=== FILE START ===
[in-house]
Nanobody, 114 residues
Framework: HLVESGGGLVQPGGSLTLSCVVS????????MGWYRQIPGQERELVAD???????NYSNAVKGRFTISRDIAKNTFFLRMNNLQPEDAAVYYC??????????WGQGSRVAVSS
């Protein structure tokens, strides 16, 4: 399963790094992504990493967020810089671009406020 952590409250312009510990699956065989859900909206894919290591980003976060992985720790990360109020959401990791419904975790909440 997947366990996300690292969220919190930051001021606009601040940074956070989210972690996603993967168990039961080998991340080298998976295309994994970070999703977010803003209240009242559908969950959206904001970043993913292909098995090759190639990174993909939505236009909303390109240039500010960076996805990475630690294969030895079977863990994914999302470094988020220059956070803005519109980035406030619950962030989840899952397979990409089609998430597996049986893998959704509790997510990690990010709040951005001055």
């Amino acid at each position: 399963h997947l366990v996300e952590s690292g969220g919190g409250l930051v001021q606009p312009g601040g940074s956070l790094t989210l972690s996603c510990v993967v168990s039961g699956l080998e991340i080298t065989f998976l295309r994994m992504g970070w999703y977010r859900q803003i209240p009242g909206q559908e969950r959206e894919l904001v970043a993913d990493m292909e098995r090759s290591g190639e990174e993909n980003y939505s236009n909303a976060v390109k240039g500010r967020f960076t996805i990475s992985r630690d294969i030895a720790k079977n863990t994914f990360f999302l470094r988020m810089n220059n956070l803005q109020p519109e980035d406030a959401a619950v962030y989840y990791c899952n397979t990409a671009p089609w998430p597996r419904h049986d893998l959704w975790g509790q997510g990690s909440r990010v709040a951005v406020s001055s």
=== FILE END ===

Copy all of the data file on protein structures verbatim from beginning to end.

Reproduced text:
[in-house]
Nanobody, 114 residues
Framework: HLVESGGGLVQPGGSLTLSCVVS????????MGWYRQIPGQERELVAD???????NYSNAVKGRFTISRDIAKNTFFLRMNNLQPEDAAVYYC??????????WGQGSRVAVSS
């Protein structure tokens, strides 16, 4: 399963790094992504990493967020810089671009406020 952590409250312009510990699956065989859900909206894919290591980003976060992985720790990360109020959401990791419904975790909440 997947366990996300690292969220919190930051001021606009601040940074956070989210972690996603993967168990039961080998991340080298998976295309994994970070999703977010803003209240009242559908969950959206904001970043993913292909098995090759190639990174993909939505236009909303390109240039500010960076996805990475630690294969030895079977863990994914999302470094988020220059956070803005519109980035406030619950962030989840899952397979990409089609998430597996049986893998959704509790997510990690990010709040951005001055």
């Amino acid at each position: 399963h997947l366990v996300e952590s690292g969220g919190g409250l930051v001021q606009p312009g601040g940074s956070l790094t989210l972690s996603c510990v993967v168990s039961g699956l080998e991340i080298t065989f998976l295309r994994m992504g970070w999703y977010r859900q803003i209240p009242g909206q559908e969950r959206e894919l904001v970043a993913d990493m292909e098995r090759s290591g190639e990174e993909n980003y939505s236009n909303a976060v390109k240039g500010r967020f960076t996805i990475s992985r630690d294969i030895a720790k079977n863990t994914f990360f999302l470094r988020m810089n220059n956070l803005q109020p519109e980035d406030a959401a619950v962030y989840y990791c899952n397979t990409a671009p089609w998430p597996r419904h049986d893998l959704w975790g509790q997510g990690s909440r990010v709040a951005v406020s001055s």